I wish to know if for this recipe...the almonds are roasters or semi-toasted or no. Also it is very important for to get the ALMONDS in POWER.
Best regard.
Emilio Rot.

PS: Additionally I will appreciate ever so much, if you could inform to me... I am highly interested to grind ALMONDS/NUTS/HAZELNUTS in besides in several grain sizes. Do you know some Chooper or Small Grinding Machine suitable for making it???
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Ben
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PostPosted: Wed Dec 03, 2008 1:49 am    Post subject: Chinese Almond Cookies Reply with quote

The recipe has baking soda but no acid for it to react with. One teaspoon is a fair amount - about enough to neutralize two cups of yogurt, buttermilk or orange juice. I've often noticed this in recipes and wondered why -- is it for flavor, or are "non-acids" still acidic enough that adding a lot of soda will give you more lift? Or is it maybe just supposed to be baking powder?

On Trans Fats - Butter has almost as much trans fat as Crisco -- and since butter and tropical oils also have lots of saturated fat, the American Heart Association is still recommending margarine, trans-fat and all. I would just stick with plain Crisco or go with traditional lard (my favorite).

To the tireless almond grinder -- I feel your pain. Have you looked into a home mill used for producing flour? You might consider asking at the King Arthur Flour forum -- lots of hard-core bakers over there who grind their own flour at home (and, I'm sure, nuts). www.bakingcircle.com

Of course, I would just go the easy route and buy almond flour and almond paste online - real cheap if you but in bulk (6-7pounds). http://americanalmond.com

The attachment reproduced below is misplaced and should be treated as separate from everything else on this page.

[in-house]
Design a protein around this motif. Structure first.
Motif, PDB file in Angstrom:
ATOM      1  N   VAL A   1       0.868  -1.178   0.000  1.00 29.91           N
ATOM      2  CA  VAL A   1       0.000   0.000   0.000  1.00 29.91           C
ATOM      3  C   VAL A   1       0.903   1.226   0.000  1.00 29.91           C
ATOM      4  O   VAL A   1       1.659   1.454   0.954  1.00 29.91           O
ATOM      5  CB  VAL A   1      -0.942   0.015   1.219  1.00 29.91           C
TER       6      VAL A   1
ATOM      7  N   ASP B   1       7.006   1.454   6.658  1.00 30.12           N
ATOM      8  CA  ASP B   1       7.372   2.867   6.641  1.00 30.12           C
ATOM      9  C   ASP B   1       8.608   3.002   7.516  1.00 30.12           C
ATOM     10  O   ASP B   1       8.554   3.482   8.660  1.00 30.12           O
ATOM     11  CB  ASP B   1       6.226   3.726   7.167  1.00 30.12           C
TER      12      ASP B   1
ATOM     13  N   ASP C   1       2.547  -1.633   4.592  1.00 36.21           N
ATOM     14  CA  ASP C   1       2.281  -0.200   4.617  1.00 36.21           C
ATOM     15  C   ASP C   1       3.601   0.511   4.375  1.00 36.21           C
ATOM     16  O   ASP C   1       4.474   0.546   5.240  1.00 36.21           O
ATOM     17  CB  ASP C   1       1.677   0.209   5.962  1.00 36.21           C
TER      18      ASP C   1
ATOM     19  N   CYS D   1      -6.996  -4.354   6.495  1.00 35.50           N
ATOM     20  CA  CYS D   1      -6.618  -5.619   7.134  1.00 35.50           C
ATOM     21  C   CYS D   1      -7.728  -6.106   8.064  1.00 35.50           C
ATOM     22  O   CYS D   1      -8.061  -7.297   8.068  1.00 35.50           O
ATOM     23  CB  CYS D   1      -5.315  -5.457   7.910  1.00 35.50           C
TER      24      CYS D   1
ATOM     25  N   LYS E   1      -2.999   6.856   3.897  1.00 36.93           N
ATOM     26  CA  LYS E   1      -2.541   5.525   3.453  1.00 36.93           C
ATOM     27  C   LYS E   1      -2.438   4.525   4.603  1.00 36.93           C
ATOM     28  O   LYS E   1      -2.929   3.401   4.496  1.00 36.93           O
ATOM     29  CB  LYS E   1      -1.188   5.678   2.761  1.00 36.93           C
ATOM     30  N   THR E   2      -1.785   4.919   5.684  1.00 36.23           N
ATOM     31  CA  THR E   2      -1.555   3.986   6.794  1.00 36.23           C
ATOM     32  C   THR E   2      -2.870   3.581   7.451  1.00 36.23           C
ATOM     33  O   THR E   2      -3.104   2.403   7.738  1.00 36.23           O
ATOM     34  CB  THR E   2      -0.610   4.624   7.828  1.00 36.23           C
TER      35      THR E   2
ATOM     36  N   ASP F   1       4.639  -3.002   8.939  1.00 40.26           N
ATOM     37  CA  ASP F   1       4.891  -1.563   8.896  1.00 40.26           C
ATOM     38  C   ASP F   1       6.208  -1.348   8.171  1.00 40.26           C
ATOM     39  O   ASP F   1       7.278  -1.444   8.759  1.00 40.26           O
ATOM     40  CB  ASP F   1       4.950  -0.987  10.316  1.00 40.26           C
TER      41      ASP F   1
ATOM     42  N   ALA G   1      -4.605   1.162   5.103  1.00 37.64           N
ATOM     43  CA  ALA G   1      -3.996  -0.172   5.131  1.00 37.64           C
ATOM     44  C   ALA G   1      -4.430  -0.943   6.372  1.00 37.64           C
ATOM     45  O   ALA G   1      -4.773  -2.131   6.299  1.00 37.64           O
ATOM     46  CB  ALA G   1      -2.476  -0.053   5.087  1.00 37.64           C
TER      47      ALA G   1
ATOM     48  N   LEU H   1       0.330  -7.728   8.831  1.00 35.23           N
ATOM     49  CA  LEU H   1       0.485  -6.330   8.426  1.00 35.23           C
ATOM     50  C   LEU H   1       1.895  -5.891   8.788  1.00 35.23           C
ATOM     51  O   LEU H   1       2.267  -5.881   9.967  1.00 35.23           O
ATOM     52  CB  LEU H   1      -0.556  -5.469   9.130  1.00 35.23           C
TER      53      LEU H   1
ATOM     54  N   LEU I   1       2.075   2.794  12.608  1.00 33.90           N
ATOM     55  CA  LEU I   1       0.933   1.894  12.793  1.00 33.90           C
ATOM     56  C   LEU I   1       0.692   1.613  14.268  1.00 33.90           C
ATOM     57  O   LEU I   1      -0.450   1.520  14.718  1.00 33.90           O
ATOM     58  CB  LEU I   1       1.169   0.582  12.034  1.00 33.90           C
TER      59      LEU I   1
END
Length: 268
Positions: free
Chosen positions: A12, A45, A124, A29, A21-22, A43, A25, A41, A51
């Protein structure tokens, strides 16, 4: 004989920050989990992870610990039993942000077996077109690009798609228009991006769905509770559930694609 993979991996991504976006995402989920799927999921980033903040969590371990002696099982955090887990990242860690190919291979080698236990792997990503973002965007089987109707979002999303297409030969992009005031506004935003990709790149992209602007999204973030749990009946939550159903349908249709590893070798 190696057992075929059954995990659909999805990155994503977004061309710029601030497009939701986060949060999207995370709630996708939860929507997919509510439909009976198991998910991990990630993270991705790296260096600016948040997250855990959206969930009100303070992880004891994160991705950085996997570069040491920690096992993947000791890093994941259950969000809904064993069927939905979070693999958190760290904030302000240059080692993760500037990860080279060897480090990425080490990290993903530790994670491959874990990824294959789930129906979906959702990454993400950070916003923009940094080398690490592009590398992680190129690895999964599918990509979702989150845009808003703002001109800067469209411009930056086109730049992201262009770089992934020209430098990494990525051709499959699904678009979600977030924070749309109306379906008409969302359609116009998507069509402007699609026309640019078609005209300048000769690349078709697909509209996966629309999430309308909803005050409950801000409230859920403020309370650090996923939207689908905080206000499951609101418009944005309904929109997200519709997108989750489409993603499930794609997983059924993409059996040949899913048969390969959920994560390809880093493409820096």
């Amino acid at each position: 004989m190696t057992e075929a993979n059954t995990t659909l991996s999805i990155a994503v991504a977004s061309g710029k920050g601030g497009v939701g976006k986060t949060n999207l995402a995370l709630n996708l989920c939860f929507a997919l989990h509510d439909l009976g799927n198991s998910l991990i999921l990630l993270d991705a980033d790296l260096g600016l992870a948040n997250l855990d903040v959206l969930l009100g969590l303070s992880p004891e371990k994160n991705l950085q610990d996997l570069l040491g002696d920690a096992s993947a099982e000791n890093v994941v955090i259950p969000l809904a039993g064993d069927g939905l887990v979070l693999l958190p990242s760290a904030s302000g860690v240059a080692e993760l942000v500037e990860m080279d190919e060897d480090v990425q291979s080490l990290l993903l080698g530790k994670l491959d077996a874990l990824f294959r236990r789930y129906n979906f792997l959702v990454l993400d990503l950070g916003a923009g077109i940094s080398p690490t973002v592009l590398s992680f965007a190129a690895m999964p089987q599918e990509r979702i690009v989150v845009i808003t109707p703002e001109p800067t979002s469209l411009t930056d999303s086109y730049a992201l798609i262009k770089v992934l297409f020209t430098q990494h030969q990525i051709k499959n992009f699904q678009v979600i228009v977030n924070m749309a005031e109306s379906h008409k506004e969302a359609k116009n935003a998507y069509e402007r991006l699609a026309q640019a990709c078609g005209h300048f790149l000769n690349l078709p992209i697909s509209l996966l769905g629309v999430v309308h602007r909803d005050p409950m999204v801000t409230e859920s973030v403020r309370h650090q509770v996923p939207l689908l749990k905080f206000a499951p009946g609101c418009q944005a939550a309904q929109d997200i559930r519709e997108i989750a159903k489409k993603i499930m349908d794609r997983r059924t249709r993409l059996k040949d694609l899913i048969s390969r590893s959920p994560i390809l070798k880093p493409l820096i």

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Dilbert



Joined: 19 Oct 2007
Posts: 1012
Location: central PA

PostPosted: Wed Dec 03, 2008 1:23 pm    Post subject: Reply with quote

according to the FDA ( http://www.fda.gov/FDAC/features/2003/503_fats.html ) butter has no trans fat.

Crisco has been reformulated to reduce/eliminate transfat; many bakers have noticed Crisco does not "perform" as before.


Last edited by Dilbert on Wed Dec 03, 2008 5:33 pm; edited 1 time in total
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Ben
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PostPosted: Wed Dec 03, 2008 3:50 pm    Post subject: Trans Fat Reply with quote

Dairy and meat definitely have trans fat (I can't get the link to work, But see NYTimes Article"Trans Fat Fight Claims Butter as a Victim" 3/7/07) I think the FDA lists trans fat for butter as zero because there is less than .5 gram in the serving size(of 1 Tb). Butter has 3.12 g per stick. The new Crisco you mention has slightly more, but it is still low enough to come up as "0" on the nutrition label.

It's interesting that you say the baking qualities of Crisco have changed -- I think bakers are generally going to have a harder time than people who use Crisco for frying. The former use shortening to improve the end product while the latter just want a sturdy oil that won't go rancid quickly.
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Dilbert



Joined: 19 Oct 2007
Posts: 1012
Location: central PA

PostPosted: Wed Dec 03, 2008 5:35 pm    Post subject: Reply with quote

edited that post to show the link.

as you point out, the definition of "zero" is problematic.
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neeki
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PostPosted: Sat Jan 03, 2009 6:10 am    Post subject: Reply with quote

these are also nice if you bake them with a cashew on top. we buy these (sans almond, with cashew) in singapore for chinese new year.